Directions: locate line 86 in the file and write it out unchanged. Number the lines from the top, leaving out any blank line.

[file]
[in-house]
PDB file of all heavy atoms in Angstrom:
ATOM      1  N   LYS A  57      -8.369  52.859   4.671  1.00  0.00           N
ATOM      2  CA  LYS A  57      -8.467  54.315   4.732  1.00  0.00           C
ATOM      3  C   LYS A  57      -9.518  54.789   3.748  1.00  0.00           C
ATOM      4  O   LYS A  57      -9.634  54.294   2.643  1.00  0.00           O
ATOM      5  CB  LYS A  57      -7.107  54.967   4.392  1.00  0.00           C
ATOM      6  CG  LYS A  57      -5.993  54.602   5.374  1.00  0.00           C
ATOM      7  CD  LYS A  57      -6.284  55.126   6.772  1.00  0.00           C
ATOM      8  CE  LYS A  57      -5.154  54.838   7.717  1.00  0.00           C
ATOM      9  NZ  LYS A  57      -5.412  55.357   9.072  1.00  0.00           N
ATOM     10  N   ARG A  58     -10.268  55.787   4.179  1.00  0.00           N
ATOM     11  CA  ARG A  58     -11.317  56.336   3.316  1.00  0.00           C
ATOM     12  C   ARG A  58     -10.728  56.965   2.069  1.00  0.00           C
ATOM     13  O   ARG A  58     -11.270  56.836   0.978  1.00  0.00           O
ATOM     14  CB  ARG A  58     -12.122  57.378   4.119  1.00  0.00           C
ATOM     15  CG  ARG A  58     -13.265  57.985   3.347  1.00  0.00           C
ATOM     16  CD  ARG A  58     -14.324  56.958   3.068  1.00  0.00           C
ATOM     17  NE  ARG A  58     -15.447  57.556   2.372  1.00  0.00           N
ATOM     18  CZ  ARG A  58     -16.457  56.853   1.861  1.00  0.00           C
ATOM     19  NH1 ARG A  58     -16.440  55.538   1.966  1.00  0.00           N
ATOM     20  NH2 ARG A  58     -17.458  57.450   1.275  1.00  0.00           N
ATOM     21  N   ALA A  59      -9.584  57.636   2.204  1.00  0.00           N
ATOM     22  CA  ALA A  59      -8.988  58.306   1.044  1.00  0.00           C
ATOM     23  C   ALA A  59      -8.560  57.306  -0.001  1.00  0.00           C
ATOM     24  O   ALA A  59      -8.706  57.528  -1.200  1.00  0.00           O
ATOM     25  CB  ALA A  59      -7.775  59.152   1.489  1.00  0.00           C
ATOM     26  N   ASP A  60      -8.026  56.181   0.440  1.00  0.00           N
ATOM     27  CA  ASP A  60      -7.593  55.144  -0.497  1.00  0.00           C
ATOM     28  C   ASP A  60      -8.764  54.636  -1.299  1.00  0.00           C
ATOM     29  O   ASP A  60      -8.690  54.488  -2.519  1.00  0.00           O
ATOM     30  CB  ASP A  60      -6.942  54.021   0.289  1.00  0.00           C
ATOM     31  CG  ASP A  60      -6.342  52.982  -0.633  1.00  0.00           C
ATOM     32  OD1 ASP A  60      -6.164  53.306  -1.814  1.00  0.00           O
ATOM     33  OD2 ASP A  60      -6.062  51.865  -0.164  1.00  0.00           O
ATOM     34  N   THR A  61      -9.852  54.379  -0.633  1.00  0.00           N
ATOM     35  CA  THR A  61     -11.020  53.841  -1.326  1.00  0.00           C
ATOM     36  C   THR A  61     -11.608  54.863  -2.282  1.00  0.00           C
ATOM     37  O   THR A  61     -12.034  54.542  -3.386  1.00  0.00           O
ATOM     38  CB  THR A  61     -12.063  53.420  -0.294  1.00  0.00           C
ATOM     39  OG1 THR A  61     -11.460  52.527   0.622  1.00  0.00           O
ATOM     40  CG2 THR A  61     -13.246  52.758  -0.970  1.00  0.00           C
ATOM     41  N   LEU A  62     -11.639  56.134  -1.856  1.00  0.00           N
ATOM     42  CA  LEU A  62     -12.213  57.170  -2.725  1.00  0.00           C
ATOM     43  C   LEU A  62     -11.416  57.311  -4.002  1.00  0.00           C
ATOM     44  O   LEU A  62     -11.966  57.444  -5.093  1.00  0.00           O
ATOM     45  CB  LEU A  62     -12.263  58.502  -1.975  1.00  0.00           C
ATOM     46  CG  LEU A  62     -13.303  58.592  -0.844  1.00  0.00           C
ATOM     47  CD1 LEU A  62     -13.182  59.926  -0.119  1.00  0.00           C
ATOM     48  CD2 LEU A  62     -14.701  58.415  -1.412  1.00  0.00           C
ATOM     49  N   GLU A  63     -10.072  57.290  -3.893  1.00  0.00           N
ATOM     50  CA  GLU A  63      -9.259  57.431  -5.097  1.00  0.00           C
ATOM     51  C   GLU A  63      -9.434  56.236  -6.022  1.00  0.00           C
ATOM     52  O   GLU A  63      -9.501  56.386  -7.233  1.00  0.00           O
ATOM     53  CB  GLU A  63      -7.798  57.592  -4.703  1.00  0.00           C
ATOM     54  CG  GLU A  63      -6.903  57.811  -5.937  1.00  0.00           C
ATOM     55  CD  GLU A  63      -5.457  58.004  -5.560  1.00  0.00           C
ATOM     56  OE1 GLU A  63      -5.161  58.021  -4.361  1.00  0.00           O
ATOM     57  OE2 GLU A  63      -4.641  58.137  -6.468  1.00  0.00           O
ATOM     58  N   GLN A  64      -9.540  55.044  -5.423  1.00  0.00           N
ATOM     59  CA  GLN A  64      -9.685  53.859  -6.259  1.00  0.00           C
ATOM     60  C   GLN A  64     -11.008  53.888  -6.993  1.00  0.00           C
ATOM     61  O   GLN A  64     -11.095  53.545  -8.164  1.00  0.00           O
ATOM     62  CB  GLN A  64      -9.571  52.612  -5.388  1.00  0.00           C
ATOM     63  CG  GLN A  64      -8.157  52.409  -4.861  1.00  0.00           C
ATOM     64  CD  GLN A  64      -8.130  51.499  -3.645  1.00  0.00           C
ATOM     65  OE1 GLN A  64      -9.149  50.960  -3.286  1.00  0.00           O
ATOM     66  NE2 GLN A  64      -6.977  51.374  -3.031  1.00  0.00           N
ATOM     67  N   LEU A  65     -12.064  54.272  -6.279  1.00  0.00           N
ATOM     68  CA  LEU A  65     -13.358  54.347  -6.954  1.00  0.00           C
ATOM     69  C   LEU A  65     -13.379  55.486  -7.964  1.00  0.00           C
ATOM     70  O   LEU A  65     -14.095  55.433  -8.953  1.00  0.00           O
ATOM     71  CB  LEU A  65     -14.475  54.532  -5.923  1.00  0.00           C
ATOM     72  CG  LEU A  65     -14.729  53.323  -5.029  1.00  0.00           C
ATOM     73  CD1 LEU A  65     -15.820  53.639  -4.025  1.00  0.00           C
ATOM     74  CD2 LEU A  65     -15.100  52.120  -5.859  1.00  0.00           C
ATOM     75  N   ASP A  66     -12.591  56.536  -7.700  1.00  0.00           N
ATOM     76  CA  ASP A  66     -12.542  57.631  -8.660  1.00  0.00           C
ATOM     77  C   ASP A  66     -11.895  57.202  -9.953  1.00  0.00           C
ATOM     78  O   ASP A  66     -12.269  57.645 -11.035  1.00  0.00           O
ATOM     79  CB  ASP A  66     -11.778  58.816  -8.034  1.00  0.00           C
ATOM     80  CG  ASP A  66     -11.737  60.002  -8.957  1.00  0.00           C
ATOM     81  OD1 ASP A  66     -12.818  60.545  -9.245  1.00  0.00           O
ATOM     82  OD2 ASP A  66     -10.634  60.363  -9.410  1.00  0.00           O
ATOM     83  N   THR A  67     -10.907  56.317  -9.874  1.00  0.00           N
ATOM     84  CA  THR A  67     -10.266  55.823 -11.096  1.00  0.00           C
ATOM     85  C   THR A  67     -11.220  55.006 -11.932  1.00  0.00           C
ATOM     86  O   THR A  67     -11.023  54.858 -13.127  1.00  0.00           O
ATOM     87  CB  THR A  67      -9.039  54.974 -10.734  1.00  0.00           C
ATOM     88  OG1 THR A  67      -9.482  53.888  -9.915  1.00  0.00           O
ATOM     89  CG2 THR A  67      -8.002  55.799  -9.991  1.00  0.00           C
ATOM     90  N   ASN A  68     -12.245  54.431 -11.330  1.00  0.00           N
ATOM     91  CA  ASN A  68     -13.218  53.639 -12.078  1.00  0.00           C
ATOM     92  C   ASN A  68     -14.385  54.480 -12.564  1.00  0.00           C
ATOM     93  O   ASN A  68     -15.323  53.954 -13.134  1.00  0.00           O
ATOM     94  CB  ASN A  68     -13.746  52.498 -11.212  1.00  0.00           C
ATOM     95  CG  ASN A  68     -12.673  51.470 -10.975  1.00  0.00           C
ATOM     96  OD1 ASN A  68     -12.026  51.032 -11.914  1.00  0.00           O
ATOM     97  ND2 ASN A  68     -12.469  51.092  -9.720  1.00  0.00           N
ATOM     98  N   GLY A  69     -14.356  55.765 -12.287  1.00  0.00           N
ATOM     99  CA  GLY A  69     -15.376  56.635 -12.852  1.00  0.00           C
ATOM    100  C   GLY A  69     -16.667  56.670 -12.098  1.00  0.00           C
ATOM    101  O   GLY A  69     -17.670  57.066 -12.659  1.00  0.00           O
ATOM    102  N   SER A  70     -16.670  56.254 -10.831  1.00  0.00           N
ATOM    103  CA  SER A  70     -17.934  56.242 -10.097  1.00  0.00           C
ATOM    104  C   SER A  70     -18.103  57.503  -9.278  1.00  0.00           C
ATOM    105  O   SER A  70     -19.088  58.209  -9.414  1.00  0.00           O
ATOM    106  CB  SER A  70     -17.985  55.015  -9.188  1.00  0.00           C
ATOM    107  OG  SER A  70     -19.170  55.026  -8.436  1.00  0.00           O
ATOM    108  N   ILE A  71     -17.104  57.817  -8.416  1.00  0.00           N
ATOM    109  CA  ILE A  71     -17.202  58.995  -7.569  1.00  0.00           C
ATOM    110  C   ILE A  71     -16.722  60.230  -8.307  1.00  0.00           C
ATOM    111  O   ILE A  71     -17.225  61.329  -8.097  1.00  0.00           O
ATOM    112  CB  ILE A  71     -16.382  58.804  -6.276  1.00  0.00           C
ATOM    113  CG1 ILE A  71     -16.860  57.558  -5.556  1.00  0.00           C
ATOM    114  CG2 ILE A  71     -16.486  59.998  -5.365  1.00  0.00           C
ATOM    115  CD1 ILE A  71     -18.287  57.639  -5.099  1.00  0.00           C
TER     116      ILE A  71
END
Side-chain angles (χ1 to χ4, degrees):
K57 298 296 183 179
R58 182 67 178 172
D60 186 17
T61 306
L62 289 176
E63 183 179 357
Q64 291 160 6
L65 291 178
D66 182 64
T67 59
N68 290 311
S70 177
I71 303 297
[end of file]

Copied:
ATOM     84  CA  THR A  67     -10.266  55.823 -11.096  1.00  0.00           C